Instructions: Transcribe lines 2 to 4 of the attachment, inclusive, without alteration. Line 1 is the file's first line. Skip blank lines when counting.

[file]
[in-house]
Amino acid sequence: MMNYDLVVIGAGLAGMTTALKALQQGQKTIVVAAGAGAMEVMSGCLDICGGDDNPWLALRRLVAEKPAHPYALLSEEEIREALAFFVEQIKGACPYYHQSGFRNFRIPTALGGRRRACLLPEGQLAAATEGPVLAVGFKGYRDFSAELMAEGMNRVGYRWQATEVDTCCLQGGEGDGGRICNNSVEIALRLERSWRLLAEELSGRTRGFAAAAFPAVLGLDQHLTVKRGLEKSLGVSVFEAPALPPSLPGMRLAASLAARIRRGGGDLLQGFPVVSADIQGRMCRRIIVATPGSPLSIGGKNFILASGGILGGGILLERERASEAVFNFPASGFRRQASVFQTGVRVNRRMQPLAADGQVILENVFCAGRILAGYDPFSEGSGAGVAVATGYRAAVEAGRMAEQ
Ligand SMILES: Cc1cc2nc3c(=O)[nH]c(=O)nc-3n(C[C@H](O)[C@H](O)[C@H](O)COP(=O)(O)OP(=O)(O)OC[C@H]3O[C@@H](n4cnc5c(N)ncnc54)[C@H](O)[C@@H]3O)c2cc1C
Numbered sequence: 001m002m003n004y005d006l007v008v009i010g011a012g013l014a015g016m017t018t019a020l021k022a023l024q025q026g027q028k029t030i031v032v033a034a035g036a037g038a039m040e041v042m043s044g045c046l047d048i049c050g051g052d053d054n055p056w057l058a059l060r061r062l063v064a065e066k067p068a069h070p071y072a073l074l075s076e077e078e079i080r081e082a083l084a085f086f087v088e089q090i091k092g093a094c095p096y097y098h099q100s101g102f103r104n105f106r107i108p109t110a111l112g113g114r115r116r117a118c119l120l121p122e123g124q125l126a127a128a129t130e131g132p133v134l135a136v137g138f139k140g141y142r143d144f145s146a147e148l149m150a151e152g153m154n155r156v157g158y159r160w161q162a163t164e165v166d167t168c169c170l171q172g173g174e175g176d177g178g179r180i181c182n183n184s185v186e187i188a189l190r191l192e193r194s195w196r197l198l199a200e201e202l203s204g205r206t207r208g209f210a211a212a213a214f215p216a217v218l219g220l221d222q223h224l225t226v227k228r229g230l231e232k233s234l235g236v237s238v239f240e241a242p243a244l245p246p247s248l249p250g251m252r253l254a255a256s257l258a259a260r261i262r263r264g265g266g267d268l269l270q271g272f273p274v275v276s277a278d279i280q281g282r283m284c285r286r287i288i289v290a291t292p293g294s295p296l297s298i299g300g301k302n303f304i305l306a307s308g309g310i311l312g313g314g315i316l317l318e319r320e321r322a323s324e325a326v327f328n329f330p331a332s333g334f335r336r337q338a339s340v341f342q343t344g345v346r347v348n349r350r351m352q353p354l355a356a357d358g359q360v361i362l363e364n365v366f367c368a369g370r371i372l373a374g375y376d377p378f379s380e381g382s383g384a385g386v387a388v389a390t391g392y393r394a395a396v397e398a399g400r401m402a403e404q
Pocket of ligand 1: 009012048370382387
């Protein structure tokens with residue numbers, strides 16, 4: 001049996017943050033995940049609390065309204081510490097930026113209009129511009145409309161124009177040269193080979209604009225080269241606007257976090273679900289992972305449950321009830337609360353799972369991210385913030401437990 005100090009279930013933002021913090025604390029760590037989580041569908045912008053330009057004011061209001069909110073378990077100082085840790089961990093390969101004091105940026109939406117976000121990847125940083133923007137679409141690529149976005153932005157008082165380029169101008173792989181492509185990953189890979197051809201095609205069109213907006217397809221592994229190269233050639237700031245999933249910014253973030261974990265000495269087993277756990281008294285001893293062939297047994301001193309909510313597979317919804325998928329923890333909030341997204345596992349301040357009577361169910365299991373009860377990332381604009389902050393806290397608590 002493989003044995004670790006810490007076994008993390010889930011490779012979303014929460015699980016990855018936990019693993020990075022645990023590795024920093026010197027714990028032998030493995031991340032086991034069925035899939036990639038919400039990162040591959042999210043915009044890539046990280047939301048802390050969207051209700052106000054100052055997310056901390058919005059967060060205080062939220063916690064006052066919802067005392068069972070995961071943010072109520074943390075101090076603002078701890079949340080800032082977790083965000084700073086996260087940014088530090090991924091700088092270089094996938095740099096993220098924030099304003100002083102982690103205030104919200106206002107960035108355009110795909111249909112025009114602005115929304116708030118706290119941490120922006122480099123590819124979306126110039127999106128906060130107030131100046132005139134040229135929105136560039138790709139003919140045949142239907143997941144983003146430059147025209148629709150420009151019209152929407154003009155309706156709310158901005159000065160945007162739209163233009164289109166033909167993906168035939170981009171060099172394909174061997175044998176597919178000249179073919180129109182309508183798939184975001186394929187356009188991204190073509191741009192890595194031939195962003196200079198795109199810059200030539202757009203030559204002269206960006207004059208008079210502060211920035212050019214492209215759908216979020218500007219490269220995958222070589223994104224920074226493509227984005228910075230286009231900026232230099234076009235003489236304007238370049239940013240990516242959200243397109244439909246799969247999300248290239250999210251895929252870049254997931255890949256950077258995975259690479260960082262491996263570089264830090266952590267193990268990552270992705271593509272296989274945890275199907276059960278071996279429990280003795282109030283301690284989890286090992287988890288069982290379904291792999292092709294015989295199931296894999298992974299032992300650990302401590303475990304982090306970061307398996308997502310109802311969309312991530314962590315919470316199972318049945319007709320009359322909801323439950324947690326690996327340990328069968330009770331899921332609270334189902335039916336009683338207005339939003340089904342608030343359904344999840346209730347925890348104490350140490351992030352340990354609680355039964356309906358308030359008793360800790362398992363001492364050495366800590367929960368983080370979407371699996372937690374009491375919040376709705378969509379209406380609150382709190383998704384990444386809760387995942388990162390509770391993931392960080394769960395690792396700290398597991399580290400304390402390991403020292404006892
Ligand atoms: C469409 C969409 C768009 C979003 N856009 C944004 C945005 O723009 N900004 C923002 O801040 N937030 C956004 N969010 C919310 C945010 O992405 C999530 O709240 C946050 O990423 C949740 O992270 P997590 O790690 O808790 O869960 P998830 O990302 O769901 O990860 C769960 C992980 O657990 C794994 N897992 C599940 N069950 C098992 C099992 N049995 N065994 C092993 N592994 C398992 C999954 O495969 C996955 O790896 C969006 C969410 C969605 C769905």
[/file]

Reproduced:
Amino acid sequence: MMNYDLVVIGAGLAGMTTALKALQQGQKTIVVAAGAGAMEVMSGCLDICGGDDNPWLALRRLVAEKPAHPYALLSEEEIREALAFFVEQIKGACPYYHQSGFRNFRIPTALGGRRRACLLPEGQLAAATEGPVLAVGFKGYRDFSAELMAEGMNRVGYRWQATEVDTCCLQGGEGDGGRICNNSVEIALRLERSWRLLAEELSGRTRGFAAAAFPAVLGLDQHLTVKRGLEKSLGVSVFEAPALPPSLPGMRLAASLAARIRRGGGDLLQGFPVVSADIQGRMCRRIIVATPGSPLSIGGKNFILASGGILGGGILLERERASEAVFNFPASGFRRQASVFQTGVRVNRRMQPLAADGQVILENVFCAGRILAGYDPFSEGSGAGVAVATGYRAAVEAGRMAEQ
Ligand SMILES: Cc1cc2nc3c(=O)[nH]c(=O)nc-3n(C[C@H](O)[C@H](O)[C@H](O)COP(=O)(O)OP(=O)(O)OC[C@H]3O[C@@H](n4cnc5c(N)ncnc54)[C@H](O)[C@@H]3O)c2cc1C
Numbered sequence: 001m002m003n004y005d006l007v008v009i010g011a012g013l014a015g016m017t018t019a020l021k022a023l024q025q026g027q028k029t030i031v032v033a034a035g036a037g038a039m040e041v042m043s044g045c046l047d048i049c050g051g052d053d054n055p056w057l058a059l060r061r062l063v064a065e066k067p068a069h070p071y072a073l074l075s076e077e078e079i080r081e082a083l084a085f086f087v088e089q090i091k092g093a094c095p096y097y098h099q100s101g102f103r104n105f106r107i108p109t110a111l112g113g114r115r116r117a118c119l120l121p122e123g124q125l126a127a128a129t130e131g132p133v134l135a136v137g138f139k140g141y142r143d144f145s146a147e148l149m150a151e152g153m154n155r156v157g158y159r160w161q162a163t164e165v166d167t168c169c170l171q172g173g174e175g176d177g178g179r180i181c182n183n184s185v186e187i188a189l190r191l192e193r194s195w196r197l198l199a200e201e202l203s204g205r206t207r208g209f210a211a212a213a214f215p216a217v218l219g220l221d222q223h224l225t226v227k228r229g230l231e232k233s234l235g236v237s238v239f240e241a242p243a244l245p246p247s248l249p250g251m252r253l254a255a256s257l258a259a260r261i262r263r264g265g266g267d268l269l270q271g272f273p274v275v276s277a278d279i280q281g282r283m284c285r286r287i288i289v290a291t292p293g294s295p296l297s298i299g300g301k302n303f304i305l306a307s308g309g310i311l312g313g314g315i316l317l318e319r320e321r322a323s324e325a326v327f328n329f330p331a332s333g334f335r336r337q338a339s340v341f342q343t344g345v346r347v348n349r350r351m352q353p354l355a356a357d358g359q360v361i362l363e364n365v366f367c368a369g370r371i372l373a374g375y376d377p378f379s380e381g382s383g384a385g386v387a388v389a390t391g392y393r394a395a396v397e398a399g400r401m402a403e404q